September 16, 2021 6:19 pm

What is the Fair Credit Reporting Act?

What does it mean to have good or bad credit?

Having good credit means that according to your past creditors, your record is clean. You made payments, and paid off Credit Repair Blueprint your past debts satisfactorily. Having bad credit is just the opposite. Your record shows that you have not paid off your past debts as agreed. This could mean late payments, collections, non-pays etc… This information is held at the “credit bureau”, and is provided to those businesses that request it.

What is the Fair Credit Reporting Act?

The Fair Credit Reporting Act is the federal law that governs credit bureaus. The law was written to protect consumers from the obvious power that credit bureaus can have over their lives.

Do I have a right to know what my credit report says about me?

Yes, the Fair Credit Reporting Act guarantees you that right. This law also gives you the right to obtain a copy of your report for free, with a letter of denial of credit, if that denial of credit was due to information found on your credit report.

What is on my report?

Your credit report contains information about your credit card accounts, loans, charge accounts, and items of public record such as bankruptcies, tax liens, and judgments. It will list each account on record, who the account was with, how much was borrowed, how much was paid, and how timely the payments were made. It will also list any accounts sent to collection agencies, accounts not paid in full, and defaulted loans.

Who has access to my report?

According to the Fair Credit Reporting Act, anyone with a “legitimate business need”. However, in most cases the report is only provided to credit grantors, employers or prospective employers, landlords, and insurance underwriters.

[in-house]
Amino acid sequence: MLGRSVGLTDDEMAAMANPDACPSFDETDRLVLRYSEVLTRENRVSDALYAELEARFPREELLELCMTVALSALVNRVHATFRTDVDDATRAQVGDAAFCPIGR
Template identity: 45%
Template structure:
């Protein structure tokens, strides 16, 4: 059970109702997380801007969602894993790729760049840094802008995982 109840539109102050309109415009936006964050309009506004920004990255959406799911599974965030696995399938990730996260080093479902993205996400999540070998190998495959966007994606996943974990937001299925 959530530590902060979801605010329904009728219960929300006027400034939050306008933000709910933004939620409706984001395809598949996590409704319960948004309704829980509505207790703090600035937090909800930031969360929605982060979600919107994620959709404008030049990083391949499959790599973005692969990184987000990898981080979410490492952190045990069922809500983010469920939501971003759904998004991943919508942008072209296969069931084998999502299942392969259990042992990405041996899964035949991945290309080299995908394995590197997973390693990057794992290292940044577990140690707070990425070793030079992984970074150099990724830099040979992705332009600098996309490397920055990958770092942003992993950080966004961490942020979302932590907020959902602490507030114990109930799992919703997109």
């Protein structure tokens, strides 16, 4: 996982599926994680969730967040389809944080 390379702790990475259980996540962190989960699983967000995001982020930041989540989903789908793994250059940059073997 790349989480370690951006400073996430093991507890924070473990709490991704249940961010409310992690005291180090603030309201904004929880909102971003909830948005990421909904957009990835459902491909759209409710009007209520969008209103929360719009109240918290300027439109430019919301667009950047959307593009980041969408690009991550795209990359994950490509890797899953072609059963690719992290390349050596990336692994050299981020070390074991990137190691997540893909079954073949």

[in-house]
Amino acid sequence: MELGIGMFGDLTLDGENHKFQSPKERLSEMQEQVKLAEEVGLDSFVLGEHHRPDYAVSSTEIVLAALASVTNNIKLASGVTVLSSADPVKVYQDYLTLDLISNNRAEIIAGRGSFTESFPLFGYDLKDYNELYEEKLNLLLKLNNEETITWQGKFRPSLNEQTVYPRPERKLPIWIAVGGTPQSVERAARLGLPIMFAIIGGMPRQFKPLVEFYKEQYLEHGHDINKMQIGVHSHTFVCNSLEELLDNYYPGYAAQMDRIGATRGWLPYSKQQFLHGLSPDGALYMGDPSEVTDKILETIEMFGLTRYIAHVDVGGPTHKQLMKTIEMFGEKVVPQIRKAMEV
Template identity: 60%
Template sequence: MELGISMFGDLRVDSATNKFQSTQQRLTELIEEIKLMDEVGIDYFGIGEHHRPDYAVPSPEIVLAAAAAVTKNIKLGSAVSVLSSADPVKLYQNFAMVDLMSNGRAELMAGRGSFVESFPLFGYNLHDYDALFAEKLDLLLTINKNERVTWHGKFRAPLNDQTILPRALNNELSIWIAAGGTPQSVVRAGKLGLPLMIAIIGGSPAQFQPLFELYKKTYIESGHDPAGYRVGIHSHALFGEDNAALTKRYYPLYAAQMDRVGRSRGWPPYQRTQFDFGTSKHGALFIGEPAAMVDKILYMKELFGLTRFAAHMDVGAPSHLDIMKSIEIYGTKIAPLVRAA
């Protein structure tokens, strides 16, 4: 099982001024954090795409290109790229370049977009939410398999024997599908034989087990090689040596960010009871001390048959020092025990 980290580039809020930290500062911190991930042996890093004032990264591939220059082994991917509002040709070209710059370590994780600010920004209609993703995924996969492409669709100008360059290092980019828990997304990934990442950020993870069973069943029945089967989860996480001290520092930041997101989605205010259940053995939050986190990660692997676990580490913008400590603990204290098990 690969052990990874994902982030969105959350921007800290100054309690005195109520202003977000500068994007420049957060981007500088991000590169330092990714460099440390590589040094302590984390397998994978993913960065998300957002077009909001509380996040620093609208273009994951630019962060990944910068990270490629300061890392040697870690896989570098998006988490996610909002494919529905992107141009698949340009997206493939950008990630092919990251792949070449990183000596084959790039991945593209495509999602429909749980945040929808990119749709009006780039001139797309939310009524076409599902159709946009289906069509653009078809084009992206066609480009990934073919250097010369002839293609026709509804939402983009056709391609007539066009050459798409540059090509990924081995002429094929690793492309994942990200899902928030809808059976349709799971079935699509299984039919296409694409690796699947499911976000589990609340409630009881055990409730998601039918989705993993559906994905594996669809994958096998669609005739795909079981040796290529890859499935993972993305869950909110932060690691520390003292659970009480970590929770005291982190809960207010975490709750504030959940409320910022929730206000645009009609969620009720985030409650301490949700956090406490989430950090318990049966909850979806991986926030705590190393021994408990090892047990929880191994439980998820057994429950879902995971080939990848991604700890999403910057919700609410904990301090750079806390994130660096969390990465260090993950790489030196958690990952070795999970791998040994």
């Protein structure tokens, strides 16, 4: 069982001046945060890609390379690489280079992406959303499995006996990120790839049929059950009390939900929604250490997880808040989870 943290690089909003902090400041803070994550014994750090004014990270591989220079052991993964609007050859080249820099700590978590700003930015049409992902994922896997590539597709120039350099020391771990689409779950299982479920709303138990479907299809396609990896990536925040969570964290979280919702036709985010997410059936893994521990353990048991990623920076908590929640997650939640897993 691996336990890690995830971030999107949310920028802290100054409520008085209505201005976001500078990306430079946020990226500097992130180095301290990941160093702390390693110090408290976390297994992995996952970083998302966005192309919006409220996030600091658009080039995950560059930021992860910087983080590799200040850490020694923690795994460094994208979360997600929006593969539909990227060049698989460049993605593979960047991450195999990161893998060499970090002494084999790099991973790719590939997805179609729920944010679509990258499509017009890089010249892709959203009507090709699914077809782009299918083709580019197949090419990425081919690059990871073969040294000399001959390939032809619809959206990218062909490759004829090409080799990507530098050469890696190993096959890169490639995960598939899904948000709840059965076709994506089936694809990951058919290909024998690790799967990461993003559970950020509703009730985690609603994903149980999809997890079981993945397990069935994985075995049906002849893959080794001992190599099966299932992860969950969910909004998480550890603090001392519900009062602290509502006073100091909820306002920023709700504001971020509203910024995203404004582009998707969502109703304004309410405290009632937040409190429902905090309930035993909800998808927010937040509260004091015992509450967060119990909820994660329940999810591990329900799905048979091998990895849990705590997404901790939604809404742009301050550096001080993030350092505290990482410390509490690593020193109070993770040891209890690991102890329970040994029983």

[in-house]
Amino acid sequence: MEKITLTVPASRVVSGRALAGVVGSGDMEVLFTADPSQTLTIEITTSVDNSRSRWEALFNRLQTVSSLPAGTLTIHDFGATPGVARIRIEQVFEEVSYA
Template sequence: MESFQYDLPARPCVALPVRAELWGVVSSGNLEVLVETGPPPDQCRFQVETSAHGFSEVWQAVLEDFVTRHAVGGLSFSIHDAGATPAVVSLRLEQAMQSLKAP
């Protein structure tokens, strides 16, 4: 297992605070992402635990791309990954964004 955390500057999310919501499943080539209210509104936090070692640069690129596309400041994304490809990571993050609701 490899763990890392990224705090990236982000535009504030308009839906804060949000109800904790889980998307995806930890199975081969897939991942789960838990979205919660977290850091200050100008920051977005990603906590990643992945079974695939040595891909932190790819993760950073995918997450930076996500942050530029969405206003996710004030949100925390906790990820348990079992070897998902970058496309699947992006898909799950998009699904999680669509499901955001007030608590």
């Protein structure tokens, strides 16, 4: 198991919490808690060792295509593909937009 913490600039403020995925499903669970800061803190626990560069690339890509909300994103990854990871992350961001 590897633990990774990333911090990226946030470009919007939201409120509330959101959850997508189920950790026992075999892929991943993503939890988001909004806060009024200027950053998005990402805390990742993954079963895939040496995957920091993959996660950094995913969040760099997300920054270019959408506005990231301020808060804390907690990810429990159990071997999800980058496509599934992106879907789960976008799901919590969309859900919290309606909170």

Are ALL of my accounts listed on my credit report?

Probably not. Businesses have a right (but not the obligation) to report to any or all credit bureaus, at their discretion. Your previous credit grantors might have reported your credit experience to just one credit bureau, all three large credit bureaus, or they might not have reported it to any credit bureau. However, most large credit grantors report to TRW, TransUnion, or Equifax.

What will it cost me to get a copy of my report?

You can acquire a report from the credit reporting agencies below for free. If you’re located in the United States and Canada, you can do this once a year. You also may obtain a free copy of your report from any credit bureau that provided information that caused you to be turned down for credit.

For complete, up to date information how to receive a copy of your credit report, you may contact the three largest credit bureaus directly at:

TRW (800) 392-1122 Trans Union (714) 738-3800 Equifax (800) 685-1111

This information is provided for informational purposes only. The author assumes No liability. You should retain professional legal or financial assistance if required.

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